City veteran Simon Borrows is set to announce plans to cut the staff by about 40 per cent and lead a shake-up of global operations when 3i holds its shareholder meeting this week.
The changes are not thought to be a response to Laxey’s longstanding calls for change but reflect Borrows’ mandate, agreed with the board, for measures to reduce costs and reverse the group’s share price decline and patchy investment record.
Now hedge fund Laxey has dropped the motion it planned for Friday’s annual general meeting.
Borrows, pictured, has been in contact with Colin Kingsnorth, chairman of Laxey, since taking over at 3i but the pair are not thought to have met.
Borrows, a former investment banker who joined 3i as chief investment officer in October, last month replaced Michael Queen, who had resisted pressure for a share buyback. Borrows has a longstanding knowledge of 3i, having advised on the firm’s initial public offering in 1994.
Now Britain’s oldest private equity house, which owns stakes in architecture firm Foster + Partners and lingerie chain Agent Provocateur, is expected to cut the size of its operations in Singapore following Borrows’ review of its operations.
3i staff are due to be briefed at a meeting on Thursday evening.
Last month Borrows hinted at his strategy when he noted that many of the firm’s “challenged investments” came out of offices in Britain and Spain. The firm’s global footprint will be “more focused and a lot leaner”, he said at the time, although he re-affirmed his faith in its operations in the emerging markets of India and Brazil.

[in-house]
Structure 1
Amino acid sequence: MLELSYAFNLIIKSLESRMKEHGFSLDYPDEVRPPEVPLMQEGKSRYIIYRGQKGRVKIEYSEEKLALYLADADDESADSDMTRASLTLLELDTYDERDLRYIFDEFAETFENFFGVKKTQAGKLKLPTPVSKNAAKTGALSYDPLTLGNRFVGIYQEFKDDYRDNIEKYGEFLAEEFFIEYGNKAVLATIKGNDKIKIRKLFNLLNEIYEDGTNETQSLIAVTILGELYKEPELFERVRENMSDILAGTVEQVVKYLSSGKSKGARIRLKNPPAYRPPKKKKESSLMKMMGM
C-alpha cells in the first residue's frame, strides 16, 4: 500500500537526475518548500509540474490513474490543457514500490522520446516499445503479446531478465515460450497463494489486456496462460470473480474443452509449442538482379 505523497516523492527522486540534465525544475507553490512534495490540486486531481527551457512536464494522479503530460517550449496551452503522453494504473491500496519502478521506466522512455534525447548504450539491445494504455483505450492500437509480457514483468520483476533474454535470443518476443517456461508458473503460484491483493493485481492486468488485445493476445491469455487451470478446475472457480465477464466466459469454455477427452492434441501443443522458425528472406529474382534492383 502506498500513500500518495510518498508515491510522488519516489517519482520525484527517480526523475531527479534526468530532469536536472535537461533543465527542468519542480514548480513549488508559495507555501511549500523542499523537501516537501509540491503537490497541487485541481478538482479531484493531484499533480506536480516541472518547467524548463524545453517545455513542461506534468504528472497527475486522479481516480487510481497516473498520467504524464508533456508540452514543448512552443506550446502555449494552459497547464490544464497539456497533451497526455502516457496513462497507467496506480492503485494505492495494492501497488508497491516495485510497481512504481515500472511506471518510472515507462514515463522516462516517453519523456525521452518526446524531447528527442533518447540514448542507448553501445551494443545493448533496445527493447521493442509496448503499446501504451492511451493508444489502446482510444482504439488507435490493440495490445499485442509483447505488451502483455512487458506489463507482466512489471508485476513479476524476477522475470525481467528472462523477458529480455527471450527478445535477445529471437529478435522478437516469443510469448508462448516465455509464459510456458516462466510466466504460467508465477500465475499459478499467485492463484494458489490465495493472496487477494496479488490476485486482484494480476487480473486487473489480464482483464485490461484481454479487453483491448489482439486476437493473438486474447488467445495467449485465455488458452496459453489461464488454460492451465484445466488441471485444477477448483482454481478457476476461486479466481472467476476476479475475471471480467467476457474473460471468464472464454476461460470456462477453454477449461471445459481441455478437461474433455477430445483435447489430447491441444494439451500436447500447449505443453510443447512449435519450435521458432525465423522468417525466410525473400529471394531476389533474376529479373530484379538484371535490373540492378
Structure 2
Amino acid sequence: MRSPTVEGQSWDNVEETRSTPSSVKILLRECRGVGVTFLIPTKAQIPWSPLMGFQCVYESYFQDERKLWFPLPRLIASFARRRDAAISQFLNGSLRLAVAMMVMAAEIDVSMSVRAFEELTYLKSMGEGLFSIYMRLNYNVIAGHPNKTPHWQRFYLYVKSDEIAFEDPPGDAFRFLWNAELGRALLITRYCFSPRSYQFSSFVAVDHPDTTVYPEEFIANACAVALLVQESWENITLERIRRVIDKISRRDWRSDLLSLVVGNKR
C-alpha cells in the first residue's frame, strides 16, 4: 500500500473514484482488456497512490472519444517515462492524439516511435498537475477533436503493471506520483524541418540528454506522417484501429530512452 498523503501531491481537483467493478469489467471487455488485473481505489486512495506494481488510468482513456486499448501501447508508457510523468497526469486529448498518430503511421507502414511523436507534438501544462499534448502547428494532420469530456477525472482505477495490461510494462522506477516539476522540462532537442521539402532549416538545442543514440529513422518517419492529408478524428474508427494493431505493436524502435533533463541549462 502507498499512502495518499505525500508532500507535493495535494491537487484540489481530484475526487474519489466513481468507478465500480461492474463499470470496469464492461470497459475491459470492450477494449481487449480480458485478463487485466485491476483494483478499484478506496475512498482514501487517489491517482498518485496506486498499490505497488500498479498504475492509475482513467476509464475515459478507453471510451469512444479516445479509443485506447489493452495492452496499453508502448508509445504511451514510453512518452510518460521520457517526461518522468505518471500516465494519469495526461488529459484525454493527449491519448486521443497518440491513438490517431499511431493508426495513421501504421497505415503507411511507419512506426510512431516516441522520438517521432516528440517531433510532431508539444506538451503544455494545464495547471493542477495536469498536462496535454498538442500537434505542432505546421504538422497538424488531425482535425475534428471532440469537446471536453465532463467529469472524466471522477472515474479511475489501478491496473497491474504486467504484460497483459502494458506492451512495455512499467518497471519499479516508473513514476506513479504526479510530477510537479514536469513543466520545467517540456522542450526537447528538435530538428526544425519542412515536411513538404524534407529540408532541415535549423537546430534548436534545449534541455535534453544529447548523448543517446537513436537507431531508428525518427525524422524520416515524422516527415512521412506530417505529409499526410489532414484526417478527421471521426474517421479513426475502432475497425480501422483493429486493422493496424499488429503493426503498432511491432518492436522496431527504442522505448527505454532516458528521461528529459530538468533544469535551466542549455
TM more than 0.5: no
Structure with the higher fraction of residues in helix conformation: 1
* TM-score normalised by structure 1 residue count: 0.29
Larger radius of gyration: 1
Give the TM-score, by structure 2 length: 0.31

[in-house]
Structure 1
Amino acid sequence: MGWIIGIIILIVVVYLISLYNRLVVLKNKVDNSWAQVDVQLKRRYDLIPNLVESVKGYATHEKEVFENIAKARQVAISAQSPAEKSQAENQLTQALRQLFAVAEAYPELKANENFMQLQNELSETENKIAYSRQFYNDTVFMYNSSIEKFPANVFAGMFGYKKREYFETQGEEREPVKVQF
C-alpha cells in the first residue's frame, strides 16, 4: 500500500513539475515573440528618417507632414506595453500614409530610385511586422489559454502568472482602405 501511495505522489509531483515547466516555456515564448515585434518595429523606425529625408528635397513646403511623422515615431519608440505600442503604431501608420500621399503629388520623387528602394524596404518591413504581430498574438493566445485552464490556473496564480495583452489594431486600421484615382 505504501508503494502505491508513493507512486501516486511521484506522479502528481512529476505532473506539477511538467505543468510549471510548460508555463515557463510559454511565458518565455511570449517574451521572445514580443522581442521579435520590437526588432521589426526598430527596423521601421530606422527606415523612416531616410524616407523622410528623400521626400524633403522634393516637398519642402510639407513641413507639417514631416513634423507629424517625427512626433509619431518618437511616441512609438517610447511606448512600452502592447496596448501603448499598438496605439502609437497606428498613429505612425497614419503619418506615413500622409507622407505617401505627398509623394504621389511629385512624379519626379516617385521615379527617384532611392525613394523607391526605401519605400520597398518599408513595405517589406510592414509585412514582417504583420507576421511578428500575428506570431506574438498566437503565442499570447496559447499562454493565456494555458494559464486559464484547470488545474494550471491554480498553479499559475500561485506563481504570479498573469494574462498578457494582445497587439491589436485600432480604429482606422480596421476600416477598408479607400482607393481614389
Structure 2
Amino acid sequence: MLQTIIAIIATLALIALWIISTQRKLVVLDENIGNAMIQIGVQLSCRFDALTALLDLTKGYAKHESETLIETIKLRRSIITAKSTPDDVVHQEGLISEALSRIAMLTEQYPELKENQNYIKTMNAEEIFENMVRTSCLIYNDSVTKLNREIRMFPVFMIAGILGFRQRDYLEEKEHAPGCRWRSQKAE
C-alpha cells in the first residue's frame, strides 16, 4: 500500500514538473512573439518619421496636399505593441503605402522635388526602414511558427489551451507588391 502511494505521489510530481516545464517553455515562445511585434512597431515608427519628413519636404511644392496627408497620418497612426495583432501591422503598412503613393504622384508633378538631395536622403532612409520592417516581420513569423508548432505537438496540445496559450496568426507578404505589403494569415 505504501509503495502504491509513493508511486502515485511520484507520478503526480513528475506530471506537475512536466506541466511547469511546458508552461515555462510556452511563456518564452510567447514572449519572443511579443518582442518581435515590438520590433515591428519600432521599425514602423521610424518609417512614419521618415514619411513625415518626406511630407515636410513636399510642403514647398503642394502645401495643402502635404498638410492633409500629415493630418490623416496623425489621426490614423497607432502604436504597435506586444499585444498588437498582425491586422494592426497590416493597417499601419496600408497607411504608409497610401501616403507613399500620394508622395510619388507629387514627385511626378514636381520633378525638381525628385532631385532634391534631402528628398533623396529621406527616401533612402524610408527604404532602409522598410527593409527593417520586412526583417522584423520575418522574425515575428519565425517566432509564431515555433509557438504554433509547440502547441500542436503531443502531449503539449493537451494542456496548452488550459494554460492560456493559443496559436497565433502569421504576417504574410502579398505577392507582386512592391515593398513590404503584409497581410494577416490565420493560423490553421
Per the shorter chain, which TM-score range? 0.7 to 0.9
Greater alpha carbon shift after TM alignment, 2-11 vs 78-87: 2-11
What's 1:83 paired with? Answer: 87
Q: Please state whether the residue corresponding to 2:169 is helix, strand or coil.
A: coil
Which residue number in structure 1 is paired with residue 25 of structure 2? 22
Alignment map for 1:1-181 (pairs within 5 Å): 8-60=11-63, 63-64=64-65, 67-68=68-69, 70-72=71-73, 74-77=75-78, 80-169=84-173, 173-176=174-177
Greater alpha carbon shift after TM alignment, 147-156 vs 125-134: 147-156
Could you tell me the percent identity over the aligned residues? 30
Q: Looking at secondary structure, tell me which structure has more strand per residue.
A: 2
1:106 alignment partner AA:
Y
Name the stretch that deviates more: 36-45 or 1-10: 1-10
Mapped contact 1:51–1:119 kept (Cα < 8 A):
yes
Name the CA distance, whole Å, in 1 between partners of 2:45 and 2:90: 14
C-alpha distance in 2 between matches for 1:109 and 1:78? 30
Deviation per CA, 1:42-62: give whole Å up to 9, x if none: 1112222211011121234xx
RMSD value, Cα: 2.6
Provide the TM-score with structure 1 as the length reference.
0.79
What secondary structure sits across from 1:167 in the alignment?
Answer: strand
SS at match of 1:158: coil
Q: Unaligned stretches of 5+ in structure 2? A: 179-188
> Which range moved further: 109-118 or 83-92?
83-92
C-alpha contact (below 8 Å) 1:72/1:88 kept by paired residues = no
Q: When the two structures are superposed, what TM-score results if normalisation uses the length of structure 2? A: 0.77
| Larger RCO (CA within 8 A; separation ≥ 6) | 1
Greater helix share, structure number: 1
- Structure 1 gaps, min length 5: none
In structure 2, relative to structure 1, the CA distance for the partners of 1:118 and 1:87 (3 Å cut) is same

Laxey, which has a stake of about one per cent, has effectively withdrawn its resolution because it knows other 3i shareholders want to give Borrows time to turn around the business.
Shares in the firm have lost more than 80 per cent of their value over the past five years. On Friday the stock closed up 1.47 per cent at 182.74p.
3i declined to comment.
Kingsnorth said: “Laxey has abstained from its resolutions from next week’s AGM because they (3i directors) have come up with a scheme in response, appointed Simon Borrows and will announce a strategic review.”
Laxey is well-known for its activist approach to investing and has previously become embroiled in long-running public disagreements with Alliance Trust, Katherine Garrett-Cox’s investment trust.
Kingsnorth once said that activism is “really good and useful, as long as it’s done properly” and a “real pain in the backside” if it is done wrongly.